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My current application running on 2GB memory Normal GC cycle.

I want to increase JVM memory to 4GB to incrase application performance.

will it incraese GC time? If yes how much performance will get affected. Is their any good artical to tune GC?

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Do you mean overall GC time in the long term or in the short term? This is a crucially important detail. – mindas Jun 7 '11 at 14:40
I mean short term. Do doubt no of GC call will be reduced but what abt time taken by single GC cycle. – Kamahire Jun 7 '11 at 14:42
FYI I hope you are using a 64-bit OS and 64-bit JVM. Note if you are using a 32-bit operating system you typically cannot let the JVM use as much as 4GB. However, one big complaint regarding 64-big JVMs is that GC can become an issue. – Michael McGowan Jun 7 '11 at 14:43
Yes I am using 64 bit. – Kamahire Jun 7 '11 at 14:44

6 Answers 6

up vote 5 down vote accepted

Short Answer

Yes, the time will increase. Bigger Heap = Longer Pause Times

Long Answer

There are a few factors to consider. How have you configured your GC to run? how big have you sized your young gen? How often do you see full GC's?

If you rarely see full GC's then the difference will be negligible. If you log your GC activity to log you can see the pause times for a partial GC is very quick. The difference between 2GB and 4GB on a partial GC will be around 0.1s. To log the GC activity you can use the following parameters -XX:+PrintGCDetails -verbose:gc -Xloggc:/log/path/gc.log. There are many tools out there which will read this GC log for you, provide graphs and stats such as throughput and total pause times.

If you are seeing frequent Full GC's and that is why you want to add more memory then you may want to consider profiling the application instead to see what is eating up all the memory. With a bigger heap, these problems will only cause longer GC's until you fix the underlying problems.

In the end you need to try the various configurations, test properly and put into your production environment what will work best for you.

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Large heaps == long GC pauses.

I have seen GC stopping for several minutes on ~10G size heaps.

On the other hand, smaller heaps mean more frequent (yet shorter taking) GC cycles. There is no good generic answer to this problem - it all depends on the needs of your app (high-freq trading app? kitten webserver?), hardware, object churn, etc.

Couple of good resources to read on this subject:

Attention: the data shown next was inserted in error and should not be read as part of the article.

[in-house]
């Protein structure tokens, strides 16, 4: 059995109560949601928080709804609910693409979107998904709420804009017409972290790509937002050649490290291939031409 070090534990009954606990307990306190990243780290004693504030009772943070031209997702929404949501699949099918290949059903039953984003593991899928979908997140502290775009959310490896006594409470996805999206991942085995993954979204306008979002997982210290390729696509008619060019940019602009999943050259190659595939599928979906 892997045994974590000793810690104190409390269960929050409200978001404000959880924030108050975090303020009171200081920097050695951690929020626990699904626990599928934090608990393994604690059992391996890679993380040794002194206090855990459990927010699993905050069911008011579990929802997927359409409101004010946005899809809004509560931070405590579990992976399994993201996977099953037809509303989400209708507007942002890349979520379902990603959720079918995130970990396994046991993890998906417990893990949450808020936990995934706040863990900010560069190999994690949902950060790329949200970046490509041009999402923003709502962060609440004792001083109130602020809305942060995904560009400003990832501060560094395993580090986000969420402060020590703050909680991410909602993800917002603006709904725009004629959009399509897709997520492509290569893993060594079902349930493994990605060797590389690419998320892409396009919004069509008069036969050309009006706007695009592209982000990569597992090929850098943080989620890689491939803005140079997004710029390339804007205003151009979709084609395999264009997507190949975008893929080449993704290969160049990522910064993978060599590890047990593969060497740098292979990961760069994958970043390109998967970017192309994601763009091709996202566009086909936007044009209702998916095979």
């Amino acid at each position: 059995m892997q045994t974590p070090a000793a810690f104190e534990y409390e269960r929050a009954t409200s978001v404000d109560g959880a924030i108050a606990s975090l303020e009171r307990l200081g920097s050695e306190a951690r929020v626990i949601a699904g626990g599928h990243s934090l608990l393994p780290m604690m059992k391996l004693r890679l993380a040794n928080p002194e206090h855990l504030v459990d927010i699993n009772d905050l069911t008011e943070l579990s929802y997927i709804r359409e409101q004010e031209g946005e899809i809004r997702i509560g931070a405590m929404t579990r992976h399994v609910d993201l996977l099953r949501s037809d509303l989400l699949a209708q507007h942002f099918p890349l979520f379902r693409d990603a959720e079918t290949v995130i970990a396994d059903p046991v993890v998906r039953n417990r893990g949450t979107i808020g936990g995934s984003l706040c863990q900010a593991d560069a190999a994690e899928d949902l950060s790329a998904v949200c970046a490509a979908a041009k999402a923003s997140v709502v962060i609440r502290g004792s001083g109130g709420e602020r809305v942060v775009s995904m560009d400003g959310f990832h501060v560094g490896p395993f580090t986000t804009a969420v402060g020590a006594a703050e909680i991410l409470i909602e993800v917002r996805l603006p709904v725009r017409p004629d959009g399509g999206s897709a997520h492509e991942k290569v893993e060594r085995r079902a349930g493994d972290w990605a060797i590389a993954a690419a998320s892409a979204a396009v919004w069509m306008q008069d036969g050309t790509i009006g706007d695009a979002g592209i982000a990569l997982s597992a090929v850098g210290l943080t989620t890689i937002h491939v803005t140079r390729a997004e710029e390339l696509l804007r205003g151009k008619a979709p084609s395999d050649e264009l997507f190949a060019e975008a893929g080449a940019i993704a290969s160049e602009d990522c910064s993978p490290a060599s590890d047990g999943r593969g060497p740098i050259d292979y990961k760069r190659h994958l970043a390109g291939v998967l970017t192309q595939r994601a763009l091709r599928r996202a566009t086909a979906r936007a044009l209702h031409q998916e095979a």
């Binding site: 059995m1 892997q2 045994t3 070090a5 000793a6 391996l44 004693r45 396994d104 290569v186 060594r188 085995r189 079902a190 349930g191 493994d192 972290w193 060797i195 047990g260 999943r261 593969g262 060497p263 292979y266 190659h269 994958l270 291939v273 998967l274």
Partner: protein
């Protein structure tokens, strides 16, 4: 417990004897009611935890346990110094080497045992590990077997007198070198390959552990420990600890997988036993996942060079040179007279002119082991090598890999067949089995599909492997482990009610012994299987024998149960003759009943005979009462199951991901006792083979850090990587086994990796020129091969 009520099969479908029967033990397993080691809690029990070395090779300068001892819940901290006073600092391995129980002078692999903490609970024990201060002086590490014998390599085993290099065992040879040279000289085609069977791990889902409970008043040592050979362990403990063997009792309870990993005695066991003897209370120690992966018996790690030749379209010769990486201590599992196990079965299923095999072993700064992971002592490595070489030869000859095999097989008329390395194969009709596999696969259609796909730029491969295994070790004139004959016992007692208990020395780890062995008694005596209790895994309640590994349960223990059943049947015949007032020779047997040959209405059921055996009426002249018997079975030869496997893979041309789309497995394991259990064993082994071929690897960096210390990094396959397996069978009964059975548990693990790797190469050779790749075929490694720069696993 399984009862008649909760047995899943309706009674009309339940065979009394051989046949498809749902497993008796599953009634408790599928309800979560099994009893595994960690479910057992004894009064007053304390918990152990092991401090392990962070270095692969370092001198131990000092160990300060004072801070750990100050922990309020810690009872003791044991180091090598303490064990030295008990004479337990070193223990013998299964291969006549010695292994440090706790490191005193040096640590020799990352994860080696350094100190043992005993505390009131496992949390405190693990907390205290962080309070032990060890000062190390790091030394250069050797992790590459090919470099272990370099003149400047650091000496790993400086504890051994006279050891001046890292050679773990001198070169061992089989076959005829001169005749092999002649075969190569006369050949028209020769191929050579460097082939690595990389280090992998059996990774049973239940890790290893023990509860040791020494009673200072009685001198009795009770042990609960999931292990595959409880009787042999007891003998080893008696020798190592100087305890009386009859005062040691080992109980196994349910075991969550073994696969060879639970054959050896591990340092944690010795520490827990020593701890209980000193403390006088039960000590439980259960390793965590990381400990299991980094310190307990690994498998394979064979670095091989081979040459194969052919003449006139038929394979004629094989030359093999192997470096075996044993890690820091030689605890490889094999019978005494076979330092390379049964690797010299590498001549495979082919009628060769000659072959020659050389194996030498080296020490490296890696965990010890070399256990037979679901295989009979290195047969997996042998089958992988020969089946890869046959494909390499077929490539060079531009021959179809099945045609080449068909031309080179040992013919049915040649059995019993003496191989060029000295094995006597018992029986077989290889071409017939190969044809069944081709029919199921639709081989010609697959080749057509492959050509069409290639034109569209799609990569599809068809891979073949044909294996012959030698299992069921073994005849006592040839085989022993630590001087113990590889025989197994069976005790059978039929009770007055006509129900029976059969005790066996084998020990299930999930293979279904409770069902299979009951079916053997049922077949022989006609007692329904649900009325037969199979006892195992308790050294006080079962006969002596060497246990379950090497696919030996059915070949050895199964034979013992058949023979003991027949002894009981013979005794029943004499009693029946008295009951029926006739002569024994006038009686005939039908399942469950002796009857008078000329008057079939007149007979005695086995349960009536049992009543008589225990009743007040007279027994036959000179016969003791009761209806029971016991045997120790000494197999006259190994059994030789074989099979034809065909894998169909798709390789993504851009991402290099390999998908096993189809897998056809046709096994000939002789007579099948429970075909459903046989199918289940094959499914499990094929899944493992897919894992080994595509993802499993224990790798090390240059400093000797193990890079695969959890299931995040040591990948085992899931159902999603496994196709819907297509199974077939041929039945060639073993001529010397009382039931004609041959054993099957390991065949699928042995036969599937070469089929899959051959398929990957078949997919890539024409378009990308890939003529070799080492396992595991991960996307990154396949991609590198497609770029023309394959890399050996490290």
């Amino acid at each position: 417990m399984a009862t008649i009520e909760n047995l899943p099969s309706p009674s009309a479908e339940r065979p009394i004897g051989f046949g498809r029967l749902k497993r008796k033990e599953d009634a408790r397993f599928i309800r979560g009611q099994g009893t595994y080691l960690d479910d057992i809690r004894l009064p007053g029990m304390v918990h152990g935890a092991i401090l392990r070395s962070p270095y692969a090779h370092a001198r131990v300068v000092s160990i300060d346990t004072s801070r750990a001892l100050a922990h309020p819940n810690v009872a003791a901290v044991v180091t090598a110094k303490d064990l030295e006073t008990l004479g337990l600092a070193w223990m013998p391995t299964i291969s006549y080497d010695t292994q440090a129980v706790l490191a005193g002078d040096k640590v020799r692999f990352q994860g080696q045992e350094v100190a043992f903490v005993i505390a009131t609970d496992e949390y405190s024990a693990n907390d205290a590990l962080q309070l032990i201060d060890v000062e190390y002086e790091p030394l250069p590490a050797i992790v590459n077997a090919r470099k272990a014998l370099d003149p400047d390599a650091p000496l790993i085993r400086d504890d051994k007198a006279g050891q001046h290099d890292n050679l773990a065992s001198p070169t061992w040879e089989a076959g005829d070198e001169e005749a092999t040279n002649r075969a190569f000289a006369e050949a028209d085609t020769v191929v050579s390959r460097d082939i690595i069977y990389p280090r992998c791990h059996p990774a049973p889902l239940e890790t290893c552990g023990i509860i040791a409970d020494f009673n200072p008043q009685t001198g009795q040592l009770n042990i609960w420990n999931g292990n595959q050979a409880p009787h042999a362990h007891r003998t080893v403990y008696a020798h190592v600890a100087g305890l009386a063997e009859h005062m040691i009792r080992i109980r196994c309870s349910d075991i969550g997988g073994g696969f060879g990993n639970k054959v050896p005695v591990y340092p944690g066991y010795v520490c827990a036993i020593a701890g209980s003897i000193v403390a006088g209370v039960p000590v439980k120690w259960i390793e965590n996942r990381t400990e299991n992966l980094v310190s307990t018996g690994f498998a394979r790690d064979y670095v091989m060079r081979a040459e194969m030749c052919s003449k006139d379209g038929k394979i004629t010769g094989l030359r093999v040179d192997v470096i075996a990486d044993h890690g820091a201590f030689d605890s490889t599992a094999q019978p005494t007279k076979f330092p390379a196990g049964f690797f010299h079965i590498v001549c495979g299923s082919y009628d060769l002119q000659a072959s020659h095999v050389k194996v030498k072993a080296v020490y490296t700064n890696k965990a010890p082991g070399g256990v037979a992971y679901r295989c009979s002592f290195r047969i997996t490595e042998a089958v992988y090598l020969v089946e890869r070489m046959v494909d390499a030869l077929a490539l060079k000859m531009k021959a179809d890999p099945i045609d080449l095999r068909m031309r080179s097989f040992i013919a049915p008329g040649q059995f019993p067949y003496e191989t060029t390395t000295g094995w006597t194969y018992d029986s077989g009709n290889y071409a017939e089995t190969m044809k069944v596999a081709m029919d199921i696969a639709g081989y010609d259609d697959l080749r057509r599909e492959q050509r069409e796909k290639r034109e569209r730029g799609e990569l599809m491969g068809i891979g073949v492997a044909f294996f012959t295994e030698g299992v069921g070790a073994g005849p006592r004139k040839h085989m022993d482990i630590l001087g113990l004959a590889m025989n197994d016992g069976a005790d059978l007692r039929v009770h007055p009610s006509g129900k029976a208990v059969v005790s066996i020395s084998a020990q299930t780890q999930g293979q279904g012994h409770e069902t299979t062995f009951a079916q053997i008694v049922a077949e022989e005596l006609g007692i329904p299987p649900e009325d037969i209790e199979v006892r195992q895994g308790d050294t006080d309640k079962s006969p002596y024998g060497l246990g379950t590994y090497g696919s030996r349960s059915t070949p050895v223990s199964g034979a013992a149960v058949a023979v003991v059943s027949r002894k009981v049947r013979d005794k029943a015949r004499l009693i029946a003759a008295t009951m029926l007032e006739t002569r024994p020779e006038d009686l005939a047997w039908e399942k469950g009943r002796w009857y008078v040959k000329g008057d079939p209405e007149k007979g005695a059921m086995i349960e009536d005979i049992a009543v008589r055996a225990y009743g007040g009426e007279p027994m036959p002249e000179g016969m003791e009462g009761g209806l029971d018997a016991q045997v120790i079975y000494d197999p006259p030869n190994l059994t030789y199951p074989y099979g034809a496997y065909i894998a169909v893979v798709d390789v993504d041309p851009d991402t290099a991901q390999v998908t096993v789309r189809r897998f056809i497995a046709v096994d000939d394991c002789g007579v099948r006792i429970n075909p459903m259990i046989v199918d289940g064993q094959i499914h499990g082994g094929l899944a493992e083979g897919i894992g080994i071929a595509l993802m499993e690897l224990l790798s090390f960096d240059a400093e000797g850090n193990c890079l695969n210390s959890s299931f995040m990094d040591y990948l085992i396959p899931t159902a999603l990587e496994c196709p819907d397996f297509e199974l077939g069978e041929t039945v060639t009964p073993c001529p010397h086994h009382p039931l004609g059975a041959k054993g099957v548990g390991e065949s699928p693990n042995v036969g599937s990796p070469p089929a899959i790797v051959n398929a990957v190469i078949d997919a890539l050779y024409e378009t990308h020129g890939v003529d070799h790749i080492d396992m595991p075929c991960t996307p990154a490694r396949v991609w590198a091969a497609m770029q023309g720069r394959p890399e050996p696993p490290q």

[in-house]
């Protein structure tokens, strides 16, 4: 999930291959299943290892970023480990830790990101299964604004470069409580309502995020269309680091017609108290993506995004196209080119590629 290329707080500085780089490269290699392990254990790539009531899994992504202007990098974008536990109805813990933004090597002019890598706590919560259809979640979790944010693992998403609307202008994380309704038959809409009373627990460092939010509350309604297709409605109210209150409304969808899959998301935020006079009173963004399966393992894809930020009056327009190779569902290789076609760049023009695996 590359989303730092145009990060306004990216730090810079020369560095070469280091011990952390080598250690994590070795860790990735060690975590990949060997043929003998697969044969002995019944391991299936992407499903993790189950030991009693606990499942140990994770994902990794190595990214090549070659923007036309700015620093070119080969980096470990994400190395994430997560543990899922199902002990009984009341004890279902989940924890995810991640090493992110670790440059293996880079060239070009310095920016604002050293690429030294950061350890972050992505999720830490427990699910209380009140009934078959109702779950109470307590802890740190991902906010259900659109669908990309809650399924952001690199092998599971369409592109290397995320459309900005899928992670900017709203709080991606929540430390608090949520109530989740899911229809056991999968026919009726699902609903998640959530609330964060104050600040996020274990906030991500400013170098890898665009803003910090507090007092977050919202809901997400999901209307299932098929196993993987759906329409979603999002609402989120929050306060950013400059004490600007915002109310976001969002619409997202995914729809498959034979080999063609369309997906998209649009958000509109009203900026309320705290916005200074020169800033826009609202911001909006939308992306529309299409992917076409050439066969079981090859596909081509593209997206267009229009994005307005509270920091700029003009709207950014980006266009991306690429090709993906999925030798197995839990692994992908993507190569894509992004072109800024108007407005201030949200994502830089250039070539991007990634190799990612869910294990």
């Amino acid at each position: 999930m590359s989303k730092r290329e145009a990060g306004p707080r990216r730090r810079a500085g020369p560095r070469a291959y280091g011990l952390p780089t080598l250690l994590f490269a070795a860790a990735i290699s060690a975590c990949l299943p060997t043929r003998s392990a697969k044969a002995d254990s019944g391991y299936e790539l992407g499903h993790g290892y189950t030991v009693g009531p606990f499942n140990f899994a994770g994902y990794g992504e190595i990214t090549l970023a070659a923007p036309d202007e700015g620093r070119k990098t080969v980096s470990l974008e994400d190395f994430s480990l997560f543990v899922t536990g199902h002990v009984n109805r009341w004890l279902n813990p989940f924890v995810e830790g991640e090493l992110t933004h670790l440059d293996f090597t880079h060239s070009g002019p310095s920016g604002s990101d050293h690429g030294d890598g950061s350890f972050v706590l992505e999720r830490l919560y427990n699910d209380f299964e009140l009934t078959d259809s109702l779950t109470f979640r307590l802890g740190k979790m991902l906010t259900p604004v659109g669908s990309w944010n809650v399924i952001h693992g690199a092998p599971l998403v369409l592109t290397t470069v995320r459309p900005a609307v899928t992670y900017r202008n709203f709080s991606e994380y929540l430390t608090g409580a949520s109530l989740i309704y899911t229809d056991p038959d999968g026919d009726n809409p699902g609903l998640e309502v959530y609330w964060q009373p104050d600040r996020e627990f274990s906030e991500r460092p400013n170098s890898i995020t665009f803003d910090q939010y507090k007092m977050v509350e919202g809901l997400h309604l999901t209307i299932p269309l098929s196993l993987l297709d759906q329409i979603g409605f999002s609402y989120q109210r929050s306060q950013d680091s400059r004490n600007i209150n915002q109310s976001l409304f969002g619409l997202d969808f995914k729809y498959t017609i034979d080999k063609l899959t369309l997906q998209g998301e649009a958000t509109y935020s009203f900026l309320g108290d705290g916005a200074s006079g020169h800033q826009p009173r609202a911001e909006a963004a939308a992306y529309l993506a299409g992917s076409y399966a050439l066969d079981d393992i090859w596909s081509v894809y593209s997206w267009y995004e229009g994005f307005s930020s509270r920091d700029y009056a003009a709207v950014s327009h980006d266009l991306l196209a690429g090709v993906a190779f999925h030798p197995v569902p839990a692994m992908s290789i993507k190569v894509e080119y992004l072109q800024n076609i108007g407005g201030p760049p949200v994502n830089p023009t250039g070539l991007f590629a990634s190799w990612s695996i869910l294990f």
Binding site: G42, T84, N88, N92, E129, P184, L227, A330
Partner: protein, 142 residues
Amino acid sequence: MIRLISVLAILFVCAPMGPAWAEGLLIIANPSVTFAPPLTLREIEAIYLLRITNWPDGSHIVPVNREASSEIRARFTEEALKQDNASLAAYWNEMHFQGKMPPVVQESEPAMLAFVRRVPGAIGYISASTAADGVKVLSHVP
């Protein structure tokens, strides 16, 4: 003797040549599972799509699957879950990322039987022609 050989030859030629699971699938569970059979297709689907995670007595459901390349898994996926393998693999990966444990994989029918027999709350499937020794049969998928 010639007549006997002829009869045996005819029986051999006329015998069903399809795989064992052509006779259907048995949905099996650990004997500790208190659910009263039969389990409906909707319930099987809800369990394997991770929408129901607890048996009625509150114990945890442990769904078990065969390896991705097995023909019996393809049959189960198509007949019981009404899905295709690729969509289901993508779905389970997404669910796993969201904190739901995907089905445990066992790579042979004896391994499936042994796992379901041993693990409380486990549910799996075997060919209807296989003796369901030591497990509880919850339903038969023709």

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There is not straightforward answer because the answer depends on what your application does memory wise.
However, you should take in consideration that if you increase the jvm memory then your application would have more memory... and if all that memory is used then your gc will be called more frequently (increase in GC time)
Increasing the memory is not always the best solution, optimize objects usage and recycling unused object might a better solution.

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-1: more available memory means the (full) gc will be performed LESS frequently – Michael Borgwardt Jun 7 '11 at 14:49
@Michael Borgwardt : You misunderstood my answer. On the short run, the gc will be called less frequently but it depends how the application works.... if the application has memory leaks, you will end up with the same problem ... – VirtualTroll Jun 7 '11 at 14:52
Having a memory leak is a failure scenario in itself and not relevant to a question about performance tuning. – Michael Borgwardt Jun 7 '11 at 14:58

More available memory will tend to decrease overall time spent in GC but increase the time that a full GC takes. However, modern JVMs don't necessarily use "stop the world" garbage collectors anymore.

Tuning GC of course depends on what JVM you use. The Oracle JVM has a huge amount of GC tuning options and a pretty extensive tuning guide.

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If you want to learn how to tune your JVM you can start by reading and

Regarding your question there is no simple answer but increasing the heap will both delay the full garbage collection but will also make it last longer.

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Performance tuning is a bit of a black art and once you start changing your GC settings it becomes something you need to constantly monitor because in my opinion you are telling the VM that you know better.

There are some VM flags you can add to log the GC pauses and heap sizes which are very useful, you can grep your logs and get some good stats.

verbose:gc -XX:+PrintGCDetails XX:+PrintGCTimeStamps –Xloggc:PATH_FROM_ROOT/gclog.log

Use JVisualVM, Jconsole or a good profiler like JProfiler to monitor. A good place to start to read about GC is

Tuning Garbage Collection

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